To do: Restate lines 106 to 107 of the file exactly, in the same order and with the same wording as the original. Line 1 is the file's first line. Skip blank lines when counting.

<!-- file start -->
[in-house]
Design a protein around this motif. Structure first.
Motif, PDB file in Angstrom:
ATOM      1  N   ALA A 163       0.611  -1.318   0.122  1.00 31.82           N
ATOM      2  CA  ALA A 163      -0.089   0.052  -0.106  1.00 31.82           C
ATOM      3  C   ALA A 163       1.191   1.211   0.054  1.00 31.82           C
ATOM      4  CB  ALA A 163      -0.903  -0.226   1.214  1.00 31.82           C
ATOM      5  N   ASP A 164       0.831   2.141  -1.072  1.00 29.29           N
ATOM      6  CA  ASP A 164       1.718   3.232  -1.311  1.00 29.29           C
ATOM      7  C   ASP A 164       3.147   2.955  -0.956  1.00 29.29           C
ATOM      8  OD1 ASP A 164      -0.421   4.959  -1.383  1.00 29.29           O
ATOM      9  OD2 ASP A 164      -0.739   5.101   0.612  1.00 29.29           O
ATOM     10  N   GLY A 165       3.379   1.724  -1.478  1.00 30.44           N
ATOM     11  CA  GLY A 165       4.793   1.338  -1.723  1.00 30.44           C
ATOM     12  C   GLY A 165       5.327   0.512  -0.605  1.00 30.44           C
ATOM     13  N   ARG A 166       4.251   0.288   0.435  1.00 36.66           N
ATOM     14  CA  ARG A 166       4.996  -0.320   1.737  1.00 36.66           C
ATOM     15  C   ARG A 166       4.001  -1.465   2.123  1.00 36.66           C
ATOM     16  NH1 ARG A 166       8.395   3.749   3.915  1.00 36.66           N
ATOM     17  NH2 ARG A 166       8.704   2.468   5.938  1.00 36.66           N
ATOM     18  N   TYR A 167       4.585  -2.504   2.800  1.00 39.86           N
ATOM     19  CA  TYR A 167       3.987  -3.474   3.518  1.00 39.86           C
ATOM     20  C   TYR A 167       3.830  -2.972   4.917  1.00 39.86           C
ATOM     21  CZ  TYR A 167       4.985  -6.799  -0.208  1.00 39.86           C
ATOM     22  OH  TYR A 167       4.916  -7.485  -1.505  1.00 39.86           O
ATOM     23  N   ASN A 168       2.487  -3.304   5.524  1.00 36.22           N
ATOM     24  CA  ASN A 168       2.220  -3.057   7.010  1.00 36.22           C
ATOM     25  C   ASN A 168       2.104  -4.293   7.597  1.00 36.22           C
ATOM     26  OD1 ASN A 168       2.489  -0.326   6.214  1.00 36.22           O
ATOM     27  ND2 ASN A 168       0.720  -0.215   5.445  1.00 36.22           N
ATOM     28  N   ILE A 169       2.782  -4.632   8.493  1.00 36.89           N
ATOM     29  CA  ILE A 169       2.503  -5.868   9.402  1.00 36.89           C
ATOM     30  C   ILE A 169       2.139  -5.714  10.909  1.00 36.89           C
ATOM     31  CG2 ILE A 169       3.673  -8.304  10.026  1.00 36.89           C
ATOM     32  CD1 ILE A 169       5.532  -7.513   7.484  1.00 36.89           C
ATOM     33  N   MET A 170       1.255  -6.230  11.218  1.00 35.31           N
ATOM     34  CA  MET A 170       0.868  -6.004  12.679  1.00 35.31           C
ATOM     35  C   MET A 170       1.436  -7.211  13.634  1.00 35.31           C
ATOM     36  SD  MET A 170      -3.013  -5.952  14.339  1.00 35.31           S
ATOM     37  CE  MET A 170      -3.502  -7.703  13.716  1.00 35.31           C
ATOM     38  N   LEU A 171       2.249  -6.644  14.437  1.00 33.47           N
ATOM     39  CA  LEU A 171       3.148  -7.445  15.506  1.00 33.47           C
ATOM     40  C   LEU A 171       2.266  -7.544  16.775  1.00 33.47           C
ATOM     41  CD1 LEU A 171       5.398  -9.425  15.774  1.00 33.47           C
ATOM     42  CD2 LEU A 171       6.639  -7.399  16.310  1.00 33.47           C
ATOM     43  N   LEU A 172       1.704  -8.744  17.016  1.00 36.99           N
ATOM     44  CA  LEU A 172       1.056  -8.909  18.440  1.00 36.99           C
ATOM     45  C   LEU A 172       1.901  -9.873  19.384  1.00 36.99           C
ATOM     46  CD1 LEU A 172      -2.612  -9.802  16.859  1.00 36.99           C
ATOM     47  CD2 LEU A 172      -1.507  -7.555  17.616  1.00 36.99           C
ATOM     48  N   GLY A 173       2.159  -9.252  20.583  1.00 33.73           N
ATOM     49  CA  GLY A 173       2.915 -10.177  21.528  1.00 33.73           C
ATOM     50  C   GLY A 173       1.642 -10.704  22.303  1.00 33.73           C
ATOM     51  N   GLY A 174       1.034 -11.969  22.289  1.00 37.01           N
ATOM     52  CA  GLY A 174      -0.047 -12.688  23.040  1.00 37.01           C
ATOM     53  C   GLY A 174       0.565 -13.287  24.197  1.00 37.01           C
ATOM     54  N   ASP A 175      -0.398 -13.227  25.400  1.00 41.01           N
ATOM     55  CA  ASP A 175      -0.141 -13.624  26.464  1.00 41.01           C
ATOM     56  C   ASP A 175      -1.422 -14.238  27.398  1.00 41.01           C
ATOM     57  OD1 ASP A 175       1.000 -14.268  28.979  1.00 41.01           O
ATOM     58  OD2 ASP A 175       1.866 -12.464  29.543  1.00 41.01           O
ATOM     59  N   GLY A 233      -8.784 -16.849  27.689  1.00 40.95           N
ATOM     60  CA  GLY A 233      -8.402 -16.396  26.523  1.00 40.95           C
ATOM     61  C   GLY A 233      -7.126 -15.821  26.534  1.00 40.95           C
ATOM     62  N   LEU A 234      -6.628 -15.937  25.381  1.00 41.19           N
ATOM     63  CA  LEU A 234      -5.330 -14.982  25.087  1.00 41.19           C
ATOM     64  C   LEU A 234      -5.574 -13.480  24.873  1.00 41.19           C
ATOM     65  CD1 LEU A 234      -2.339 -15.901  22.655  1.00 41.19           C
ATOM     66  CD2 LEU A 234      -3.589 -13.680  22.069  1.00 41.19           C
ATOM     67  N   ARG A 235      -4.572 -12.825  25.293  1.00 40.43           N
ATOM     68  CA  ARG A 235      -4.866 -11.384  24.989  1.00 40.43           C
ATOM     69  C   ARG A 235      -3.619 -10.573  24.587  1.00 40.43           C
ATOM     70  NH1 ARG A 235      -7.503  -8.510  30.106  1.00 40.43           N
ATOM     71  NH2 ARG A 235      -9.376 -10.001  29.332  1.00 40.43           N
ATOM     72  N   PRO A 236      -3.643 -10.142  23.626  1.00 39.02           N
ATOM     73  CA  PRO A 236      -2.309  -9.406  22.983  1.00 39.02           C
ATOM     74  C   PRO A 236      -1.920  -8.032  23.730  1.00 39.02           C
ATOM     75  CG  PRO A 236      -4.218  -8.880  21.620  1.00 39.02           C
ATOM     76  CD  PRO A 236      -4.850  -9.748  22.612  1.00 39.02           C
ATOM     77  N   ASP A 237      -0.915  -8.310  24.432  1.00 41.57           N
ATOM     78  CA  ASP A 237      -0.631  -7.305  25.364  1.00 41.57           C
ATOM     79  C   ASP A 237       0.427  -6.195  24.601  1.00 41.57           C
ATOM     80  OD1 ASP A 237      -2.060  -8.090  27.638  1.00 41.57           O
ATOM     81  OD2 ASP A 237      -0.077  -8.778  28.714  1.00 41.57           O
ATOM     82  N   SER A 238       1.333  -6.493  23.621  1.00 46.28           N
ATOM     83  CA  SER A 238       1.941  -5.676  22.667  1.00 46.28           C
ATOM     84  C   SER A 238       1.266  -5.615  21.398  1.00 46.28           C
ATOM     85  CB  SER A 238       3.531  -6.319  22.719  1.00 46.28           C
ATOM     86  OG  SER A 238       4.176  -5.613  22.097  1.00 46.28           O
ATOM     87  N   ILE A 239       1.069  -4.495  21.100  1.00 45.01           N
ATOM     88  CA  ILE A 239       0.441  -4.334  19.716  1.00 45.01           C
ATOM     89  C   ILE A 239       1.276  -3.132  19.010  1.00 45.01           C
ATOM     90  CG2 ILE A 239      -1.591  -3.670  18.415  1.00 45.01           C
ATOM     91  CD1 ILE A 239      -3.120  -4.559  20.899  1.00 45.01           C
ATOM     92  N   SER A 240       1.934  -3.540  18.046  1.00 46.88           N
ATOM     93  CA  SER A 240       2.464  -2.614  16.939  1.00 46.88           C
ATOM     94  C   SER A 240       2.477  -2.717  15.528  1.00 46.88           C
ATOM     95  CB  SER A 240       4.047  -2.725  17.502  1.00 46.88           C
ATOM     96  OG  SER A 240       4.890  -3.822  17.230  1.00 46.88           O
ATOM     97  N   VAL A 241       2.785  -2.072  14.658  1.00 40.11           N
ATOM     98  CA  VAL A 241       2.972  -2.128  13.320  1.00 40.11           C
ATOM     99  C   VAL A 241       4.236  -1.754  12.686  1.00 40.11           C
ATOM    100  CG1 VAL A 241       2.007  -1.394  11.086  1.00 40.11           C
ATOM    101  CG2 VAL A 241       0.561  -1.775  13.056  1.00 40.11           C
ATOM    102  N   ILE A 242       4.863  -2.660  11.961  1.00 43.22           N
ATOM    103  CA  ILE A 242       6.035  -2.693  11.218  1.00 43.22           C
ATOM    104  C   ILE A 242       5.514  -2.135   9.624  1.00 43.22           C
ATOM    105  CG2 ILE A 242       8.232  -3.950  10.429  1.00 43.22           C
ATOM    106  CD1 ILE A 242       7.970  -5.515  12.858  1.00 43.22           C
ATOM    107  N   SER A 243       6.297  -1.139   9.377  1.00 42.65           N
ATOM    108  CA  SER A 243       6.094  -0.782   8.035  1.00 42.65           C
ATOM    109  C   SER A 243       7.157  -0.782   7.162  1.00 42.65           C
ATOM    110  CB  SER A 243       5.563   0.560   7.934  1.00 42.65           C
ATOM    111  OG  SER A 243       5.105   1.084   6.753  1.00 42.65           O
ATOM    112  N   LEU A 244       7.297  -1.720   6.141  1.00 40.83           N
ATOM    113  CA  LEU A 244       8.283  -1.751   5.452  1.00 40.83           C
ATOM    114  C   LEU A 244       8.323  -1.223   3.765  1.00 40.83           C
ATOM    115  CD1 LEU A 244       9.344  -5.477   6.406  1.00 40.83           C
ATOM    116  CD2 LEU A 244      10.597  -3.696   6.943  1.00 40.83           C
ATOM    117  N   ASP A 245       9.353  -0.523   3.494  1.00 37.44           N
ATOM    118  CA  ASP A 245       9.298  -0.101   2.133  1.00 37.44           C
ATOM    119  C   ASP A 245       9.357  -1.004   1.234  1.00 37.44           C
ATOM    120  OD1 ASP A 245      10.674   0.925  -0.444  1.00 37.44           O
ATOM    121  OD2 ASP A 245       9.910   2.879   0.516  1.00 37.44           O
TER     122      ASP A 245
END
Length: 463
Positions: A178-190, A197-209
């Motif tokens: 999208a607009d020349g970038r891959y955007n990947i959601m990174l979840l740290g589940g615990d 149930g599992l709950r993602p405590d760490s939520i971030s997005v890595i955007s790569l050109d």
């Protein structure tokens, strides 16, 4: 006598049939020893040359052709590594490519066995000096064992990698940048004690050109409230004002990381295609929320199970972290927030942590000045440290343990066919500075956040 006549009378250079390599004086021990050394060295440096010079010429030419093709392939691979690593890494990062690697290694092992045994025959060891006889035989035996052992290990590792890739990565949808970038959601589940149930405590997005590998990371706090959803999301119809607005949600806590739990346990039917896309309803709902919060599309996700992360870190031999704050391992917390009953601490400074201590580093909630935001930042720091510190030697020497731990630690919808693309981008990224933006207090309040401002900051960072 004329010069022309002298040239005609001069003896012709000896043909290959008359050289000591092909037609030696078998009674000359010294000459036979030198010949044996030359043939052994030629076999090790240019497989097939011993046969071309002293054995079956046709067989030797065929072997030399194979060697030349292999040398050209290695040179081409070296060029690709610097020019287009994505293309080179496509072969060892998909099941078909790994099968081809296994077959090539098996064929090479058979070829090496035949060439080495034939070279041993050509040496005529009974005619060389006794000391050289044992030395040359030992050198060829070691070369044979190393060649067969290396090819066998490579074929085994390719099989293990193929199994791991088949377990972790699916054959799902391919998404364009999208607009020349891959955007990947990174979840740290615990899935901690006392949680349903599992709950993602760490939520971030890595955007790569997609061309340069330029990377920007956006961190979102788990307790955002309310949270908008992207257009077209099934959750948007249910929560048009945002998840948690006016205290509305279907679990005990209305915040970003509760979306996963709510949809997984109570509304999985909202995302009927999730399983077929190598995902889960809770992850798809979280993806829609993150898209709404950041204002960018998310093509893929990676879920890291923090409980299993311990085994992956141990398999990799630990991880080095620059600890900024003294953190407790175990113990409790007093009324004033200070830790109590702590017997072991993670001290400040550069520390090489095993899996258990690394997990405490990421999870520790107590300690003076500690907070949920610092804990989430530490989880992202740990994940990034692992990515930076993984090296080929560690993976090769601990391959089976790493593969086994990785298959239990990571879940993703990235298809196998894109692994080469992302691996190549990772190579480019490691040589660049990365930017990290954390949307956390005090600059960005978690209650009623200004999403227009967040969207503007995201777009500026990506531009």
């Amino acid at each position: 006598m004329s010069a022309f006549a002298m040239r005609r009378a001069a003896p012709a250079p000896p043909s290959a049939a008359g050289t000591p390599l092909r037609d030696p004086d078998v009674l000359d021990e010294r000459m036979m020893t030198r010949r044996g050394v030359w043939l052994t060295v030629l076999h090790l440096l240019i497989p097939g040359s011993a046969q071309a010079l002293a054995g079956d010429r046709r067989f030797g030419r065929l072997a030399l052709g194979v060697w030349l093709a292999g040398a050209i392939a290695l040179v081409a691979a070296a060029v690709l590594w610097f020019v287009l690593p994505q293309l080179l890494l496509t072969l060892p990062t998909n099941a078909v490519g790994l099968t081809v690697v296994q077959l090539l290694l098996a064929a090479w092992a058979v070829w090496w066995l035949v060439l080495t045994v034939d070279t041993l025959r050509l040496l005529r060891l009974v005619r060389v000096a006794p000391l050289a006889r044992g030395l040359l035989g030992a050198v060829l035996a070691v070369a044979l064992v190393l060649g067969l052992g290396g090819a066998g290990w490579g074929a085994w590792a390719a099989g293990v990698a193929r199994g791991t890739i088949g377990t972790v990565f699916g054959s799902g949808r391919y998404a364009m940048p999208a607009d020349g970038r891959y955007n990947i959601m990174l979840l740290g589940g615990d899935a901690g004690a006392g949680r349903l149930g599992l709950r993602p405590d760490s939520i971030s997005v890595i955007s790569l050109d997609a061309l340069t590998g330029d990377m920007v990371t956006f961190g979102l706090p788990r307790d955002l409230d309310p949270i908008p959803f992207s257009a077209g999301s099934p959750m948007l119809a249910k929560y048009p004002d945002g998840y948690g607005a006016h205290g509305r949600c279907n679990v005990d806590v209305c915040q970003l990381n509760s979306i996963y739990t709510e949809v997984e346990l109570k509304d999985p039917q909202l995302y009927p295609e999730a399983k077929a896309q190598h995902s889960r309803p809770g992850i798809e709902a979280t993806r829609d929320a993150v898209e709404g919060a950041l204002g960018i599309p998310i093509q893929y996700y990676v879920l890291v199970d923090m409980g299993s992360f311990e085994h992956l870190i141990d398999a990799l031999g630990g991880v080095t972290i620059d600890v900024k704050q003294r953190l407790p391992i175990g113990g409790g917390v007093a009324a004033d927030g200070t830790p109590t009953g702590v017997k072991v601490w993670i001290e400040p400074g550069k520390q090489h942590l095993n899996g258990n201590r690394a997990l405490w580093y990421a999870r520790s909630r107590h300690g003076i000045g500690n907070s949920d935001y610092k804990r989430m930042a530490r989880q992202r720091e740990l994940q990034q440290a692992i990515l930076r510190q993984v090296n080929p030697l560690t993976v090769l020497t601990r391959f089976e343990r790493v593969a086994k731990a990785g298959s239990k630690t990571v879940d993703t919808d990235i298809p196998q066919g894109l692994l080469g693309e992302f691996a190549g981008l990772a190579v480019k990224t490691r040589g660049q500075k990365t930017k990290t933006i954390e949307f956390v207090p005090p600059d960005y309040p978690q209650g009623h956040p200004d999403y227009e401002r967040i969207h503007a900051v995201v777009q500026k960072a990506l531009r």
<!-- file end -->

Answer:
ATOM    103  CA  ILE A 242       6.035  -2.693  11.218  1.00 43.22           C
ATOM    104  C   ILE A 242       5.514  -2.135   9.624  1.00 43.22           C